A fish soup with light flavors pairs well with young and fruity white wines, such as a fresh Riesling, Gewürztraminer, Chenin Blanc, or Viognier. I personally enjoy pairing fish soup with a Gewürztraminer because its floral character, with aromatic herbs and sweet spices, complements the smoothness of the soup. Furthermore, the wine's structure and long aftertaste balance perfectly with the flavour of the fish.
If you're serving a fish dish with a white wine sauce, I recommend a light white wine with an alcohol content of around 12.5%, such as Pinot Grigio, Sauvignon Blanc, or Albariño.
A mineral Albariño wine from the northern Spanish region of Galicia, specifically Rias Baixas, is a great choice. Its mineral acidity and fruity flavors of citrus fruit and green apple perfectly complement the light flavors of the fish. I especially enjoy this pairing for its seamless blend of flavors.
If you're a fan of fish and pasta, such as Fettuccine Nero with shrimp, it's best to choose wines with more body. To complement the intensity of the dish, I recommend going for full-bodied white wines aged in wood.
Remember that cod pairs well with Sauvignon Blanc, fish with wine sauce goes well with Albariño, and pasta with fish is best paired with full-bodied wines.
Rose Wine and Fish
Rosé wine, also known as rose wine, is a popular and refreshing wine that is enjoyed by many people around the world. It is made from a blend of red and white grapes or from red grapes that have had brief contact with their skins during the winemaking process. The result is a light, crisp wine with fruity and floral notes.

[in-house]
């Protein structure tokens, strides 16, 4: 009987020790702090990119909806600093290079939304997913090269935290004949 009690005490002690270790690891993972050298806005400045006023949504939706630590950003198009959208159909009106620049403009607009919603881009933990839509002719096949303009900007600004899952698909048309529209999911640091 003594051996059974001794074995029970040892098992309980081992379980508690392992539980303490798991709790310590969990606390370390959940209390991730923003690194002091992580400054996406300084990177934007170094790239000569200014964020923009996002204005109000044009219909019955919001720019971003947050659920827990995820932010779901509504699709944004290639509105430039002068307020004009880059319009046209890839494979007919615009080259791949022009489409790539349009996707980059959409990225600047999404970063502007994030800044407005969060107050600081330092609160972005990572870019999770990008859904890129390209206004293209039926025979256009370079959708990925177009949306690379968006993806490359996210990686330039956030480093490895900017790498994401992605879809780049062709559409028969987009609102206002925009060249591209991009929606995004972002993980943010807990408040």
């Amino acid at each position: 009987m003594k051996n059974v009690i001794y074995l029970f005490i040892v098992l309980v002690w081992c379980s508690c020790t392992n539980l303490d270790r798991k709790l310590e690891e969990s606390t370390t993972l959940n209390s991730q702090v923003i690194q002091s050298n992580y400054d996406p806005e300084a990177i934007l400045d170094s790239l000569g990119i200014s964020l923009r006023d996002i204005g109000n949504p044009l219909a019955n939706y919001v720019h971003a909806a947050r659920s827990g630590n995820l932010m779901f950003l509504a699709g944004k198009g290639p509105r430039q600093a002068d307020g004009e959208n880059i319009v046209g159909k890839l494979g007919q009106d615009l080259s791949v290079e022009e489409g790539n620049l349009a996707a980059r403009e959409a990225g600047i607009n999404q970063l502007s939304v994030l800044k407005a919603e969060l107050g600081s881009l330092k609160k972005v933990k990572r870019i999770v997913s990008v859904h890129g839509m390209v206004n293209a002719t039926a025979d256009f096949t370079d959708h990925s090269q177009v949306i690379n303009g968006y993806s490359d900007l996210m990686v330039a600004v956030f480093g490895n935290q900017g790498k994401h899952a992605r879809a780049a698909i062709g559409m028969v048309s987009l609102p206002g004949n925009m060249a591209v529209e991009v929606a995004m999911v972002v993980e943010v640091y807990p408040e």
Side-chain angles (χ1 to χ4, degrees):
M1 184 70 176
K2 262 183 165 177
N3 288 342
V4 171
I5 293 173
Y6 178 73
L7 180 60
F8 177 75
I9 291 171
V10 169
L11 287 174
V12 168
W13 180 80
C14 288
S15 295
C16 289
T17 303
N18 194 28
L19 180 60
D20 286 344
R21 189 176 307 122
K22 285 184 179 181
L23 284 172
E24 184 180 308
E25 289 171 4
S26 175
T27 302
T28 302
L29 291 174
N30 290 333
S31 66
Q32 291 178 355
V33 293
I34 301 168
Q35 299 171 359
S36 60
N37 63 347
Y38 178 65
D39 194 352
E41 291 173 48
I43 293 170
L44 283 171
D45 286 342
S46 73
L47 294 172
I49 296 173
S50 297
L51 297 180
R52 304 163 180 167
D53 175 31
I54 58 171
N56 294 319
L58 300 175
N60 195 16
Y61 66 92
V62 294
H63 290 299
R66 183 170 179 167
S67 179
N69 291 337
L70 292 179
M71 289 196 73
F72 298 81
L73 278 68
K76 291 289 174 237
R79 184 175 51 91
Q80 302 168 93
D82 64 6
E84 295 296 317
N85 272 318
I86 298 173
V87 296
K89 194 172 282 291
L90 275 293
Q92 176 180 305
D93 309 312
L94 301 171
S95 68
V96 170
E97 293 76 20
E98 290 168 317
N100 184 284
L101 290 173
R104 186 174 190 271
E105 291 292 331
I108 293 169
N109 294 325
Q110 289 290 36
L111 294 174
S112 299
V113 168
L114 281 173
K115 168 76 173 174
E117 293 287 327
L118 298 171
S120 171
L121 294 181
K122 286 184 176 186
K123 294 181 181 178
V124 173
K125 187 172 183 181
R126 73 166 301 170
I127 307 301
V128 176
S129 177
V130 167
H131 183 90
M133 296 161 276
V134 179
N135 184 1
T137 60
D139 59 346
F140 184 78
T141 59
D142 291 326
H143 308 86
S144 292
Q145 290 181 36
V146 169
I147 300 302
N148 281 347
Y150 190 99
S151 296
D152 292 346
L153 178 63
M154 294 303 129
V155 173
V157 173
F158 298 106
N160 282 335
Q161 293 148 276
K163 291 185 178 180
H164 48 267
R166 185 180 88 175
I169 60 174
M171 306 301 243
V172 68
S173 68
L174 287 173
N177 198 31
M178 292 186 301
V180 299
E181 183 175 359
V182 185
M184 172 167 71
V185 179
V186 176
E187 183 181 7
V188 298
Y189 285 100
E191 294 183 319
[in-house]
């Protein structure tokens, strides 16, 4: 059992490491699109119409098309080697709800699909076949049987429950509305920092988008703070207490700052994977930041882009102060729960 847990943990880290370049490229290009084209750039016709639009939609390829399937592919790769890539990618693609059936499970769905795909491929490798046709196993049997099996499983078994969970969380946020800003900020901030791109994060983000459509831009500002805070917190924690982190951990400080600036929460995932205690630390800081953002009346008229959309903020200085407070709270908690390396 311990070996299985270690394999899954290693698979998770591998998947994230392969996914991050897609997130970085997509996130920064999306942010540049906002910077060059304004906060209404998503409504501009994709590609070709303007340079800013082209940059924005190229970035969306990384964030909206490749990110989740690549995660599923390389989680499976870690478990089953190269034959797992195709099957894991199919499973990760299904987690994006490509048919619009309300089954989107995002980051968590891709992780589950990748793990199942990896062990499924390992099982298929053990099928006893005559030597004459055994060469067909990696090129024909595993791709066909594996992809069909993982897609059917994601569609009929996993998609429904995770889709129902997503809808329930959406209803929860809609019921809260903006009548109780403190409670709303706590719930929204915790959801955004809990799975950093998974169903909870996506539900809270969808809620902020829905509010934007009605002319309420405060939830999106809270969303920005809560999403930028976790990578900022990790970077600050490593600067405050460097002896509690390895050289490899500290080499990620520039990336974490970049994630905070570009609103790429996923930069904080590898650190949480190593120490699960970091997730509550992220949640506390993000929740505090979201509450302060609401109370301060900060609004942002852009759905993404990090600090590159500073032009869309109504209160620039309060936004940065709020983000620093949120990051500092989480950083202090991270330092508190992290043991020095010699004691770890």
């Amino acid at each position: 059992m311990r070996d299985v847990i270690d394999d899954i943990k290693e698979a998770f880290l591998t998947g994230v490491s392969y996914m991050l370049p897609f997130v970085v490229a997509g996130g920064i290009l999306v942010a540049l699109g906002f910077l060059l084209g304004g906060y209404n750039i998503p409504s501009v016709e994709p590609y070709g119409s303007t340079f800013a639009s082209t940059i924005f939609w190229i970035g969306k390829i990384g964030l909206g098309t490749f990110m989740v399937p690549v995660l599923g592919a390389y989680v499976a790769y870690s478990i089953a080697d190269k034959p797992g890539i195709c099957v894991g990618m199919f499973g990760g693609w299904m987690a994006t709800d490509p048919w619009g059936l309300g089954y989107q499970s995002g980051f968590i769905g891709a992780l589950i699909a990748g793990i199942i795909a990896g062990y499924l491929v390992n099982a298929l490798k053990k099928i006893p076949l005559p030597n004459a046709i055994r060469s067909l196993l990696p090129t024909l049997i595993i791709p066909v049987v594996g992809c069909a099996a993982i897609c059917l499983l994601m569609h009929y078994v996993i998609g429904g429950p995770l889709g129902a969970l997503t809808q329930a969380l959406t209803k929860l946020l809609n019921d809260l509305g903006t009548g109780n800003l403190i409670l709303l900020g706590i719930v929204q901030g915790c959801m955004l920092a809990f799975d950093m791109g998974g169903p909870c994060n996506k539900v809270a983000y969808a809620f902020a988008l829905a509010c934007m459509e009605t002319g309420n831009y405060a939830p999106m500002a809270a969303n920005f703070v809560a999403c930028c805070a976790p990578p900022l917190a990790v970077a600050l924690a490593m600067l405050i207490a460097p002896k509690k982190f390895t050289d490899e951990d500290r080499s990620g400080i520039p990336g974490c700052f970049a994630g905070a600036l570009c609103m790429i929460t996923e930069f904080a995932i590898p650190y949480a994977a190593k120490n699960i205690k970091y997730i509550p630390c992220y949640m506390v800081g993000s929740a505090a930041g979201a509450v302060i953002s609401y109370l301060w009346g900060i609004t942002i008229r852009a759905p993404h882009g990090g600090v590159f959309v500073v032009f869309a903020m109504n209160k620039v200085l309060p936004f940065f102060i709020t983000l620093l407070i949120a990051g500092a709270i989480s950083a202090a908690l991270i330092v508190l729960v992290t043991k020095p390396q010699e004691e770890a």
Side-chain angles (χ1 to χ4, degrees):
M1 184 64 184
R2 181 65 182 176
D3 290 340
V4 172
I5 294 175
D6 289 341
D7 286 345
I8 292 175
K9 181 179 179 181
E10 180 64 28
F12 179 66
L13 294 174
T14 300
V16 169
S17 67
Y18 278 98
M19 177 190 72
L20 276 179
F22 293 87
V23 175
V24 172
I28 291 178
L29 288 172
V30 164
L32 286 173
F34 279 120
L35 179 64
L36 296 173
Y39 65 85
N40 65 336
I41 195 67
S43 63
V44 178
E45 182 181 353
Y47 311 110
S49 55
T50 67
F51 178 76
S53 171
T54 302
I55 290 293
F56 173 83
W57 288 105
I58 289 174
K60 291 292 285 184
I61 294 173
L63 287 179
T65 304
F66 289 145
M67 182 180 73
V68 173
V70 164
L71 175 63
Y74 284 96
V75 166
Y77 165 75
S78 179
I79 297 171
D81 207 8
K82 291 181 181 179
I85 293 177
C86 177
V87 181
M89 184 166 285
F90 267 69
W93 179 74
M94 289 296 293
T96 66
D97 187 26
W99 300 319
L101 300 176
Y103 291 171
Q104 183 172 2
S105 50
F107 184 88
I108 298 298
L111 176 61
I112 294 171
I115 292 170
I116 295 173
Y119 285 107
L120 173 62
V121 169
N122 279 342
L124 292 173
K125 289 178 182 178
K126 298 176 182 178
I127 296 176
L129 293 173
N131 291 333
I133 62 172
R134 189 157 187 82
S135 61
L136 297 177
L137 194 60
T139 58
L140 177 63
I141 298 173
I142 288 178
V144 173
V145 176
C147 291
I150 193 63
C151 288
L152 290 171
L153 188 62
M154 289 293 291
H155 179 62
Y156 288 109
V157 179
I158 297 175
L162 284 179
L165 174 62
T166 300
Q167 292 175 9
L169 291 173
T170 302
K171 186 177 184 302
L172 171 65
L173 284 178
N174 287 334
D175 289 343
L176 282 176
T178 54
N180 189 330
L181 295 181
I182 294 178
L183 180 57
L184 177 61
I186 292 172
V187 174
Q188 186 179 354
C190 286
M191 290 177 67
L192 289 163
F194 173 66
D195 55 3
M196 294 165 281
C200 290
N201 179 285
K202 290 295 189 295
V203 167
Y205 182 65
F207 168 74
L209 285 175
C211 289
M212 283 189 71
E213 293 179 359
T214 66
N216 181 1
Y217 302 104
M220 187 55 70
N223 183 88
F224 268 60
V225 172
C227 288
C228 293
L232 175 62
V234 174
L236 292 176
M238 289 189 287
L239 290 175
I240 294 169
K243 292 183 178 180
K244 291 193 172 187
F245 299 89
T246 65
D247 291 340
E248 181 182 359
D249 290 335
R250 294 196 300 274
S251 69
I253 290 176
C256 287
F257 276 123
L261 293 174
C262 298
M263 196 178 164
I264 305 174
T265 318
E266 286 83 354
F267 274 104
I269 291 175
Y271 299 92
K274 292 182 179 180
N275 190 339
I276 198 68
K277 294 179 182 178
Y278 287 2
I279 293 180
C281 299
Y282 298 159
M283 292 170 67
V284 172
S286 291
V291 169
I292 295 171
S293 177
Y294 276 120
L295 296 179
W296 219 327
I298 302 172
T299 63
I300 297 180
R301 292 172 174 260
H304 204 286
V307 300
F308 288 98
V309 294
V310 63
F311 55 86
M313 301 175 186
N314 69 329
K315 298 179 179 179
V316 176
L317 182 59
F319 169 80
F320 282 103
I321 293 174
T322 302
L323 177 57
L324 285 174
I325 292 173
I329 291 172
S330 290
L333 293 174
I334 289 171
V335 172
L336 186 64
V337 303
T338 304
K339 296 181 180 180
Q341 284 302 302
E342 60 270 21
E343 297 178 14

A fresh Syrah rosé wine is an excellent choice for this pairing. Syrah is a red grape variety that is known for producing full-bodied red wines. When made into a rosé wine, Syrah brings an aromatic intensity and notes of rosemary herbs to the table, which complement the light flavors of raw sushi. The rosemary notes in the wine also balance out the fishy taste of the sushi, creating a harmonious dining experience.
When it comes to pairing food with wine, rosé wine is a versatile choice that can be paired with a wide range of dishes, including seafood. One of the most popular pairings is rosé wine with sushi. Sushi is a Japanese dish that is typically made with raw fish, rice, and various other ingredients. Its light and delicate flavor profile is perfectly complemented by the crisp and refreshing nature of rosé wine.
Sparkling Wine and Fish
Let's not forget about one of the most sophisticated wine pairings: champagne and oysters. A dry, structured sparkling drink with a nose full of aromas and freshness will match perfectly with the minerality of the oysters.
Another of my favorite wine pairings is prosecco and salty fish. For instance, when I'm having cod and want to add some bubbles to the mix, I'll definitely opt for prosecco. The silky and fruity nature of prosecco pairs exceptionally well with the saltiness of the fish.
If you're interested in learning more about wine and fish pairings, be sure to subscribe to our newsletter or visit our online store. You'll find plenty of recommendations and suggestions to help you elevate your dining experience.
See you later, wine lovers,